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Does Metadata Still Matter?

February 2019

If you’ve read much about search engine optimization at any point in the past five to ten years, you’ve probably seen at least one proclamation that “SEO is dead.” Indeed, Google’s algorithmic changes have altered the landscape of SEO significantly since the dawn of search engines 20-plus years ago. For instance, long-tail keywords have taken precedence in recent years. Despite these changes, all aspects of SEO remain essential in 2019, including keywords, backlinking, and yes, metadata.

Related: Five Foolproof SEO Tips for Law Firms

For most SEO beginners, metadata is the most confusing part of the equation. Keywords make sense, and authority links are easy enough to add, but meta tags? Since most metadata exists as HTML and doesn’t appear on your website itself, it can be difficult to get a handle on what function metadata serves.

With that thought in mind, let’s start by taking a quick look at what metadata is and what it does for your website. Meta tags exist within the source code of your website, which means they don’t show up as part of your content. They exist solely for the eyes of search engine crawlers. One of the first touchpoints any search engine has with your site is with your meta tags. These tags convey what your site or page is about, thereby helping the search engine determine whether the page is relevant within the context of a search.

These meta tags are still a vital part of SEO in 2019. Search engines may be adapting how they search and prioritize sites, but they still rely on those tags for key context clues.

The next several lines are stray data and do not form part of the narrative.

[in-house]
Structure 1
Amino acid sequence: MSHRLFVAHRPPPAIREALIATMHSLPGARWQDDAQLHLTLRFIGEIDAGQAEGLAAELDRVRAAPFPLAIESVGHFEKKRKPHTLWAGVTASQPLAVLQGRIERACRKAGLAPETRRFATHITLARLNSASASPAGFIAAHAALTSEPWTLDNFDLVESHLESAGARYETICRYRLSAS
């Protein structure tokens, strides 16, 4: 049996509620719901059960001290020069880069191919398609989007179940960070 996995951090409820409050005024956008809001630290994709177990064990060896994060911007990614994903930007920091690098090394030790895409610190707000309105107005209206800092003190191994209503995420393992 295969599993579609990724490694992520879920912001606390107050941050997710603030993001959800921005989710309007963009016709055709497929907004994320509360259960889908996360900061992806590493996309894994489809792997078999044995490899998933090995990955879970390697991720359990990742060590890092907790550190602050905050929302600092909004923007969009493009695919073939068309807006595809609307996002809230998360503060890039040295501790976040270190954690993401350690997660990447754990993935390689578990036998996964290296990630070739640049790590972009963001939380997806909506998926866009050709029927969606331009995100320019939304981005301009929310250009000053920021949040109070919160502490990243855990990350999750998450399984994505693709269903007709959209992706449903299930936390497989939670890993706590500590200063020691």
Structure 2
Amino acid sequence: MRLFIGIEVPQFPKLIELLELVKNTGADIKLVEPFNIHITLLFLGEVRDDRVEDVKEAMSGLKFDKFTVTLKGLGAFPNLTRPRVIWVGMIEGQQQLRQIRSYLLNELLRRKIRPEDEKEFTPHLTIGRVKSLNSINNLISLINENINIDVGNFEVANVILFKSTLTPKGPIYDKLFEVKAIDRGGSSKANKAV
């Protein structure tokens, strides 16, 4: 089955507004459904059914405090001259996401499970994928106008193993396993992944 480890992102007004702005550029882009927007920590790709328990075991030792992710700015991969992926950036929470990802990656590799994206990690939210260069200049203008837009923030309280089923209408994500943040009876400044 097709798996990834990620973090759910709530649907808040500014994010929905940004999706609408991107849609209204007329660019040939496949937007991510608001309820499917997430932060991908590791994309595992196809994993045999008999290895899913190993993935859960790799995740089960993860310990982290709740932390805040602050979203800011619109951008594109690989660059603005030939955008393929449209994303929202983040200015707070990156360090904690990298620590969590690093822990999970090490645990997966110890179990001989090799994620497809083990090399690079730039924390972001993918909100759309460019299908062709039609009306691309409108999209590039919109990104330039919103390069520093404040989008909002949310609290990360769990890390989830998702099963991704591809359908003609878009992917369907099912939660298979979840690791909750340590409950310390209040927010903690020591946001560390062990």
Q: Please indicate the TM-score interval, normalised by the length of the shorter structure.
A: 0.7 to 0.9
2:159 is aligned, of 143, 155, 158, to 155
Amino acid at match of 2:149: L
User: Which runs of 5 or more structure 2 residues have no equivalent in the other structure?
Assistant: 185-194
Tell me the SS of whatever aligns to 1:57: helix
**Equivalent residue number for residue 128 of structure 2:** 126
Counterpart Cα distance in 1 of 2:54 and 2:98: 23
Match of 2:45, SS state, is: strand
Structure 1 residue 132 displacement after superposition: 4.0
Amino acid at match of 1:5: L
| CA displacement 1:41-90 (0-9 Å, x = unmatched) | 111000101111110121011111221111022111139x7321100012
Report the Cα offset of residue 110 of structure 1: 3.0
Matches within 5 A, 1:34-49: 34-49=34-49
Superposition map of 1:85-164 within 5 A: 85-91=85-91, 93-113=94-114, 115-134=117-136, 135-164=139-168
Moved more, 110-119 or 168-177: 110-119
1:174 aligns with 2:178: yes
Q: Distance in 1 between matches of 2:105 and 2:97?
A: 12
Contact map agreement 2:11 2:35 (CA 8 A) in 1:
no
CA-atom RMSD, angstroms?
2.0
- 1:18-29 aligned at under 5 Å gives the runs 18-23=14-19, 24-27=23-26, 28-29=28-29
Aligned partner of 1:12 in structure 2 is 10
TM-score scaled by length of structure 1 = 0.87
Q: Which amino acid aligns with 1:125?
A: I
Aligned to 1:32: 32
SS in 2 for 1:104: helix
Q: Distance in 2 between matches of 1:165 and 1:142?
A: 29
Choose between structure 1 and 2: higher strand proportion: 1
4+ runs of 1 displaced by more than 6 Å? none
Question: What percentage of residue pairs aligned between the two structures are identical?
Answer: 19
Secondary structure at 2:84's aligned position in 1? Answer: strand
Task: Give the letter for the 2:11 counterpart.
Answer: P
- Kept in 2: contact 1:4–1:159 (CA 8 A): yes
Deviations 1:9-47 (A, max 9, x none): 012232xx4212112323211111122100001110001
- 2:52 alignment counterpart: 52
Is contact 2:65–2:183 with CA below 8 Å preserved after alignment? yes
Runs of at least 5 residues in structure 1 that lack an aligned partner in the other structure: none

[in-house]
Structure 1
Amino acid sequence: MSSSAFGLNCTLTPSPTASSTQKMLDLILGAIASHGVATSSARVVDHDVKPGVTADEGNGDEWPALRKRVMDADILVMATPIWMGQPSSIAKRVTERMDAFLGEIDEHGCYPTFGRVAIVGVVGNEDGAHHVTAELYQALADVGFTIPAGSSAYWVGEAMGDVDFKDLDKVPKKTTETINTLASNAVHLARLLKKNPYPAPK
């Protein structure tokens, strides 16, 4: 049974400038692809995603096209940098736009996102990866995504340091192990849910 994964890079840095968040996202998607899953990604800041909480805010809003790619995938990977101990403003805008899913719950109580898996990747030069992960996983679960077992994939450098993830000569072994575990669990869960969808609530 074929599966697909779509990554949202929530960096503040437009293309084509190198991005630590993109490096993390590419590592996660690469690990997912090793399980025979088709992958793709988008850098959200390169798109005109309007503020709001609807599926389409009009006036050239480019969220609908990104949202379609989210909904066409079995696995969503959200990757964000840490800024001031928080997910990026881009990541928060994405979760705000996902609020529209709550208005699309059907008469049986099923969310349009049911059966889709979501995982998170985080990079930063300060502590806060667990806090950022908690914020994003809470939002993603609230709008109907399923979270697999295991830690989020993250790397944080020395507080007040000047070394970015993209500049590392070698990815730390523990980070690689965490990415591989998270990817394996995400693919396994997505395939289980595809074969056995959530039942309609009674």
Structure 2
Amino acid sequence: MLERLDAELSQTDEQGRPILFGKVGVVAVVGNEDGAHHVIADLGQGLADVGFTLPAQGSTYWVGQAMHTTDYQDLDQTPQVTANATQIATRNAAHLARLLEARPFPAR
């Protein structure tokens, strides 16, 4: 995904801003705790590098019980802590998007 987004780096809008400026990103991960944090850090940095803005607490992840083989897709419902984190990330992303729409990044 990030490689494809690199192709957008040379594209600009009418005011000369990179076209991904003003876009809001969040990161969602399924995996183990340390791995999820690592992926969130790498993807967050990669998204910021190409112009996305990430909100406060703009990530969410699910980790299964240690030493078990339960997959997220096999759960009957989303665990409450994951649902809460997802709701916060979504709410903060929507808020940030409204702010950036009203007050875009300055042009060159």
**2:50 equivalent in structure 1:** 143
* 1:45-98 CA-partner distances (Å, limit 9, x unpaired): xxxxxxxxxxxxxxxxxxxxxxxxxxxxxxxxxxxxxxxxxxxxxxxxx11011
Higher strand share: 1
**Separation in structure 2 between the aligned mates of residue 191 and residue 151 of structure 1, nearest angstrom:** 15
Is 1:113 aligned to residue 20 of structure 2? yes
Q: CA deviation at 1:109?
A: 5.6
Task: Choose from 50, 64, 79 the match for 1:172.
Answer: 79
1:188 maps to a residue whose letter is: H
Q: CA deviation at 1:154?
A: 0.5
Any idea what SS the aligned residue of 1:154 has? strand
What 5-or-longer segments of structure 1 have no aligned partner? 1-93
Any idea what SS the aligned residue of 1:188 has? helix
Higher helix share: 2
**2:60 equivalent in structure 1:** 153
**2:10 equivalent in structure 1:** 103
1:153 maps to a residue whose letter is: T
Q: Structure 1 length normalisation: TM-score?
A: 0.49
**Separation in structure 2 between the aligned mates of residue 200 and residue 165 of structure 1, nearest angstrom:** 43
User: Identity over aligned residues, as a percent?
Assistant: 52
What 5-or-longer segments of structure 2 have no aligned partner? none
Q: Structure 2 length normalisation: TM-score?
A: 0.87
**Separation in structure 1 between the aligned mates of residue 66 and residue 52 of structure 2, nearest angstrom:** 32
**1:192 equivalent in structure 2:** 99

It’s important to note, here, that they are many different metadata tags on each of your pages. Every page on your website should have a title tag, a meta description, and H1 or other heading tags. Other meta tags may include alt tags (for images), canonical tags (for URLs), robots meta tags (to help web crawlers know which pages to index), and social media meta tags (which help enable better integration between your site/pages and social networks such as Facebook and Twitter).

How metadata interacts with search engines varies from tag to tag. Above, when talking about the “first touchpoint” between search engines and your web pages, we were mainly referring to the title tag. The title tag is the most important piece of metadata for any page, at least as far as search rankings are concerned. With that said, search engines also look at heading tags, referring to them for more information about what the page is about (the H1 tag) or checking them to see what individual sections are about (H2s, H3s, and other headings and subheadings).

The meta description tag, meanwhile, has no actual bearing on how your page ranks on Google. Instead, the meta description is important because it gives you the opportunity to decide which description or text blurb will appear beneath your page title and URL on a Google search results page. It is the description, in other words, that readers will see when deciding whether to click on your page.

Bottom line, SEO is not dead, and neither is metadata. If you want to learn more about metadata or need help harnessing it to make your site more search-engine-friendly, contact Inherent today.